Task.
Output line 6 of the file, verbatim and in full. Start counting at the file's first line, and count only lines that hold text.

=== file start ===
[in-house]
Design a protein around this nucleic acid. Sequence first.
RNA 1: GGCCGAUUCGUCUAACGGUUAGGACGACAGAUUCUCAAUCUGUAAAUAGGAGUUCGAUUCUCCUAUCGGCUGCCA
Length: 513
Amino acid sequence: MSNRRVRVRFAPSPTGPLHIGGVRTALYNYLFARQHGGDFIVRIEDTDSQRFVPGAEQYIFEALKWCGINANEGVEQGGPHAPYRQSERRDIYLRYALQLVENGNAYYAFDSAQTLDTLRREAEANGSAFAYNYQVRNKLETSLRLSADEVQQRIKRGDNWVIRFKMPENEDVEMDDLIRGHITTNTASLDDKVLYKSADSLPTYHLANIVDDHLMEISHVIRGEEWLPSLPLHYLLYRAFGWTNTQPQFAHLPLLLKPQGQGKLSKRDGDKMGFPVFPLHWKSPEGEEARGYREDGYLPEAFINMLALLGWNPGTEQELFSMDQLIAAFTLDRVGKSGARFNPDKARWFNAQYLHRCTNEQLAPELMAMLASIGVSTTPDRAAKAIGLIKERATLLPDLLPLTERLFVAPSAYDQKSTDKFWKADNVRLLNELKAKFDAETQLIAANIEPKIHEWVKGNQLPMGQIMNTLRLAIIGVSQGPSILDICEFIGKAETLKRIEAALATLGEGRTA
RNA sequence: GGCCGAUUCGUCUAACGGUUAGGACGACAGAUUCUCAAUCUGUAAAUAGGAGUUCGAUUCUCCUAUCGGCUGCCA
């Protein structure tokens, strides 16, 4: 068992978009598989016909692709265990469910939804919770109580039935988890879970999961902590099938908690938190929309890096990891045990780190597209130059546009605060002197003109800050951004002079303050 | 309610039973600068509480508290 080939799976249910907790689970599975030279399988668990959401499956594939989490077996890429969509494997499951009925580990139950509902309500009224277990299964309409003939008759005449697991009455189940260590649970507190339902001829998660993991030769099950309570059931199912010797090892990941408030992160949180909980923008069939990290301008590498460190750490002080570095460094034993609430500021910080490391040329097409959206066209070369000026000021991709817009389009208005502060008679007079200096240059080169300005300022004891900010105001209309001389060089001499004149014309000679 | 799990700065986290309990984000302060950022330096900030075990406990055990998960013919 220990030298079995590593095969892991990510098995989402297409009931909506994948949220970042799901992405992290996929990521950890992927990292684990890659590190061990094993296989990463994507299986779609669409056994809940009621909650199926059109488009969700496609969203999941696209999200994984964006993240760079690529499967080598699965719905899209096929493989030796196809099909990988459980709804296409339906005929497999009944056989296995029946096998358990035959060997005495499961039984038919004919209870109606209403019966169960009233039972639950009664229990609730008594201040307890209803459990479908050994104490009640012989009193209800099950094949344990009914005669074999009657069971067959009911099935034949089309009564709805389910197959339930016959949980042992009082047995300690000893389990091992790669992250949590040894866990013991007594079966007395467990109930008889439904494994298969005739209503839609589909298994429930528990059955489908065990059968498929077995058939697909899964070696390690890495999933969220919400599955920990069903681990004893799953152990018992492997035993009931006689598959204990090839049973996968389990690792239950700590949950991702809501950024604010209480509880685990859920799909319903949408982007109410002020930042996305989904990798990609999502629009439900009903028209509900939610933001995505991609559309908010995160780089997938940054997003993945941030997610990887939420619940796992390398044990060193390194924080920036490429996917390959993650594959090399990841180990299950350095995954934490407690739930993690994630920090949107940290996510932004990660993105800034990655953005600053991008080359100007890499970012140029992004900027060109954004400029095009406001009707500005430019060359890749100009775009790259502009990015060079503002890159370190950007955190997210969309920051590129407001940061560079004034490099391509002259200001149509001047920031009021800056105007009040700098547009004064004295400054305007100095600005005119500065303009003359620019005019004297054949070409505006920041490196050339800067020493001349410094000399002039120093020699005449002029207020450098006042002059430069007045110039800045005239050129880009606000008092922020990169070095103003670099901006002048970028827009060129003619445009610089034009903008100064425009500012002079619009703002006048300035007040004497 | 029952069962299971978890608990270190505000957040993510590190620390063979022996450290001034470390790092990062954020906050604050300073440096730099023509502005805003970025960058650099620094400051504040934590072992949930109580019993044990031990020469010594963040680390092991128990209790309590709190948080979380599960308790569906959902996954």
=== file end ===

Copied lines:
RNA sequence: GGCCGAUUCGUCUAACGGUUAGGACGACAGAUUCUCAAUCUGUAAAUAGGAGUUCGAUUCUCCUAUCGGCUGCCA